Clampdown on ‘cosmetic surgeon’ title signalled

Jolyon Attwooll

5/09/2022 4:51:01 PM

Regulators have been tasked with helping to protect the public from rogue operators, although details on the proposed reforms are unclear.

Advice from the Medical Board of Australia is likely to shape how the title 'surgeon' can be used.

Federal Minister for Health and Aged Care Mark Butler has said restrictions on the use of the title ‘cosmetic surgeon’ will be part of reforms agreed by state and territory health ministers.
Announcing a ‘crackdown on “cosmetic cowboys”’, Minister Butler’s office referenced ‘a litany of appalling stories’ in the cosmetic surgery industry with permanent damage done to ‘untold numbers’ of Australians.
‘The time to act is now to ensure doctors providing cosmetic procedures must be appropriately qualified and work to the highest health and safety standards expected in Australia,’ it stated.
According to Minister Butler, state and territory Health Ministers have committed to preventing medical practitioners without adequate qualifications from describing themselves as ‘cosmetic surgeons’ – although the timeline is not yet clear.
A Department of Health (DoH) spokesperson said that under the Health Practitioner Regulation National Law, Health Ministers are responsible for determining who can use the protected title of ‘surgeon’.
This will be based on advice from the Medical Board of Australia and given effect through the state and territory laws,’ they told newsGP.
Work to restrict the title ‘cosmetic surgeon’ has been under discussion since 2018, and is described as having ‘strong and broad stakeholder support’ in official consultation documents last year.
Action being considered by the Health Ministers includes either restricting the title ‘surgeon’ to 10 surgical specialty fields of practice, or restricting use of the title to specialist practitioners with significant surgical training, which would include dermatologists and specialist GPs.
The proposed reform has gained more publicity – and urgency – following damaging recent publicity about the cosmetic surgery sector, with Nine Newspapers in particular running a series of exposes about shoddy practices and raising serious concerns around patient safety.
The reforms agreed by Health Ministers will also involve a push for more appropriate qualifications, a move to limit surgery to properly accredited facilities, a ban on social media testimonials, and steps to inform patients better about surgery risks and their rights.
The Minister’s announcement follows the release last week of a review into the cosmetic surgery sector that was commissioned by AHPRA and the Medical Board of Australia last year.
Finding that universal minimum cosmetic surgery standards are ‘non-existent’ in Australia, the review’s lead investigator, former Queensland Health Ombudsman Andrew Brown, included 16 recommendations to help protect the public.
At the heart of them is a proposed new ‘endorsement model’, which according to the report summary will allow AHPRA and the Medical Board to establish ‘minimum qualifications’ for practitioners to perform cosmetic surgery.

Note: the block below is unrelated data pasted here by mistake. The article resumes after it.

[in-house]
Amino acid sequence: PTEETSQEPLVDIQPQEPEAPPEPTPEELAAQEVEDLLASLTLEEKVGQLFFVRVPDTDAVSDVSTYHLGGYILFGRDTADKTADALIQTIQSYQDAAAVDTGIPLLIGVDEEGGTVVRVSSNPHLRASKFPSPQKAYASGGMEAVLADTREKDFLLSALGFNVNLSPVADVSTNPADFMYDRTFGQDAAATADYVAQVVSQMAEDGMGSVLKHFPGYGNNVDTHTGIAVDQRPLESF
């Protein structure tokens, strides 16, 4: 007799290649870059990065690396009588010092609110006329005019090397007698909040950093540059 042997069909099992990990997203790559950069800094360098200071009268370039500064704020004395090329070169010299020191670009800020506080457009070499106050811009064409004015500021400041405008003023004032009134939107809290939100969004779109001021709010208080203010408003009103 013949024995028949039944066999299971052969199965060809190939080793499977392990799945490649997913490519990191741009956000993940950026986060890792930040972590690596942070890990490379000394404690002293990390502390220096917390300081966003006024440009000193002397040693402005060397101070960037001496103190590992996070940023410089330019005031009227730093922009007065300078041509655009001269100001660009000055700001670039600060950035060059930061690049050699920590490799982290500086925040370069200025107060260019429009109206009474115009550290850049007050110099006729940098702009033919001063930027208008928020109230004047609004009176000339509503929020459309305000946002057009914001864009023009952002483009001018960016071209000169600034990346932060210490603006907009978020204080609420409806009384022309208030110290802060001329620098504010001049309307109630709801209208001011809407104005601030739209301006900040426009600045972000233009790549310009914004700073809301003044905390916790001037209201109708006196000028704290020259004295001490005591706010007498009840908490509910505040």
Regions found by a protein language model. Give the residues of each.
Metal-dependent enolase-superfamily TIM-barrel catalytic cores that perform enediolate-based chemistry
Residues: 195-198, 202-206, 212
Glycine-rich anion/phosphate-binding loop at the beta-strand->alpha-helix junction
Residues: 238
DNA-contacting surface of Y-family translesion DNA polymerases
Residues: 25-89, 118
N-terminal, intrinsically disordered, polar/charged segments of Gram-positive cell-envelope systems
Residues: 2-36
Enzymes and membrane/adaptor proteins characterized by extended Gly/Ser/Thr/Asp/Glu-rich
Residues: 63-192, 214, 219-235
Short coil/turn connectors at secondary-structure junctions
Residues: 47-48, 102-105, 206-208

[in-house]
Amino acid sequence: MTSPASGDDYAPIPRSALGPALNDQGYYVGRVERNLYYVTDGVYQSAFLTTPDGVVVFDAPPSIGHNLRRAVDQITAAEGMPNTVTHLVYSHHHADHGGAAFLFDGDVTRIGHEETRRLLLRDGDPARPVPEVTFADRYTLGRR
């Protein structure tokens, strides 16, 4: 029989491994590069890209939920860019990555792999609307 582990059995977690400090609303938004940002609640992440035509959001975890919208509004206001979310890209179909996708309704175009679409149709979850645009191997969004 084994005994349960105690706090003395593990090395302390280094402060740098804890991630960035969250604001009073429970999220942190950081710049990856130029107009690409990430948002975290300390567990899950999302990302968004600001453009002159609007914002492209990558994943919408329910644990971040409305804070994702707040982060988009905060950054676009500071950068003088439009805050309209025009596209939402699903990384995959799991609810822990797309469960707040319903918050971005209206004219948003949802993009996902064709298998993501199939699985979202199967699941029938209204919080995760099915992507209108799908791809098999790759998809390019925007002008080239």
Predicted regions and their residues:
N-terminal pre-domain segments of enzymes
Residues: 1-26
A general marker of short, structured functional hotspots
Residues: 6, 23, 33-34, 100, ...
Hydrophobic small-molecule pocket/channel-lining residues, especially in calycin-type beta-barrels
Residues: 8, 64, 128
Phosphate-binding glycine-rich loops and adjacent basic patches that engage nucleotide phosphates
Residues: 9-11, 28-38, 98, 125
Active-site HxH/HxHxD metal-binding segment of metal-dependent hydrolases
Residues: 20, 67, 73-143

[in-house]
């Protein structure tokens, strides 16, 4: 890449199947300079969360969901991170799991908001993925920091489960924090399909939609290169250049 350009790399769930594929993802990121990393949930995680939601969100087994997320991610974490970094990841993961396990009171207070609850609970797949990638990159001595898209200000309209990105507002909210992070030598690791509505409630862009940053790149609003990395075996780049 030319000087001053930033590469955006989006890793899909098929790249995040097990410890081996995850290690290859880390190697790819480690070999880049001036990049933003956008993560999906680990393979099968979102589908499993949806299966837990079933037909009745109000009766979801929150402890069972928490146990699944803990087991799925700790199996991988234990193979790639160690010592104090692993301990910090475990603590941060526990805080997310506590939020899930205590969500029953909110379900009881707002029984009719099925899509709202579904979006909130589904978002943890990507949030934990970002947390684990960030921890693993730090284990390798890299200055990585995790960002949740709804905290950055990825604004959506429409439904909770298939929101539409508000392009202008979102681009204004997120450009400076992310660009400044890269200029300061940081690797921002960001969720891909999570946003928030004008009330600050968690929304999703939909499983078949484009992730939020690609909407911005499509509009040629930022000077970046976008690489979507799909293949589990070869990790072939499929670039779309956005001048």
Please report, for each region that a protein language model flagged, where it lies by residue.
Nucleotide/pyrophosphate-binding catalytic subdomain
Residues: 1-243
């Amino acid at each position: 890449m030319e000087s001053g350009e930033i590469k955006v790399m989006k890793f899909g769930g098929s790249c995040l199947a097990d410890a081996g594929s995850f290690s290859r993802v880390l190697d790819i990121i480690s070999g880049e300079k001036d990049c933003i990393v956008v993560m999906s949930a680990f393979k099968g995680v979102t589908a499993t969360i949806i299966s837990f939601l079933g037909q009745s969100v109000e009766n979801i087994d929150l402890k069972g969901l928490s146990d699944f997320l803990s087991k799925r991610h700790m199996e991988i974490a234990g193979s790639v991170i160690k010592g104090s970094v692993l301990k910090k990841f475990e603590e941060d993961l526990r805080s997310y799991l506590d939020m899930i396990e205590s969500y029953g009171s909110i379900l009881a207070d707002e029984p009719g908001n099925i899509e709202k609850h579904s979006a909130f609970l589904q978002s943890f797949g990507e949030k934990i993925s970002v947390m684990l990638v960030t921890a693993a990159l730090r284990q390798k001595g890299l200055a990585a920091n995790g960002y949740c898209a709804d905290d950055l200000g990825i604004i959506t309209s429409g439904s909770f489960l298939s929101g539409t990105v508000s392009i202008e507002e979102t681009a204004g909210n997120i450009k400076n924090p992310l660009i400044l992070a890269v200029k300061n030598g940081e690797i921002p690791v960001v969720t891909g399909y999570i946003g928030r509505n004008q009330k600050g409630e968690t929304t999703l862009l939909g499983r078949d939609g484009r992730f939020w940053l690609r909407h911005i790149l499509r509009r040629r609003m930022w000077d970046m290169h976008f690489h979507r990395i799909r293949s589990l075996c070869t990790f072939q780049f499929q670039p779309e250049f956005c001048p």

The review acknowledges that currently any medical practitioner can perform cosmetic surgical procedures without appropriate training or supervised experience.
It also noted the issues surrounding the use of the ‘cosmetic surgeon’ title but made no recommendations, stating it was under consideration by the ministerial council and outside the scope of the review.
Cosmetic surgery is not a recognised specialty and the title’s use is not protected under National Law.
A submission by the RACGP for the review into the cosmetic sector recommended that permitted use of the title surgeon depend on the completion of approved training and the demonstration of required competencies.
‘The protected title of surgeon will help the public better understand a medical practitioners’ qualifications,’ the college stated.
‘The RACGP suggests use of terms such as “cosmetician” and “Dr”, and not surgeons as alternatives for providers of cosmetic surgical services.’
The college has said over-restricting the title could ‘negatively impact’ GPs such as GP-surgeons, GP-obstetricians and GP-anaesthetists.
Minister Butler also announced on Saturday that the Australian Commission on Safety and Quality in Health Care will develop specific safety and quality standards for performing cosmetic surgery.
At the same time, the Medical Board of Australia has been tasked with overseeing better credentials for cosmetic surgery by adding an area of practice to medical registrations.
It will also be responsible for clamping down on the use of testimonials and social media, as well as strengthening guidance for doctors and establishing a cosmetic surgery complaints hotline.
Both the Medical Board of Australia and the commission are due to report back in two months.
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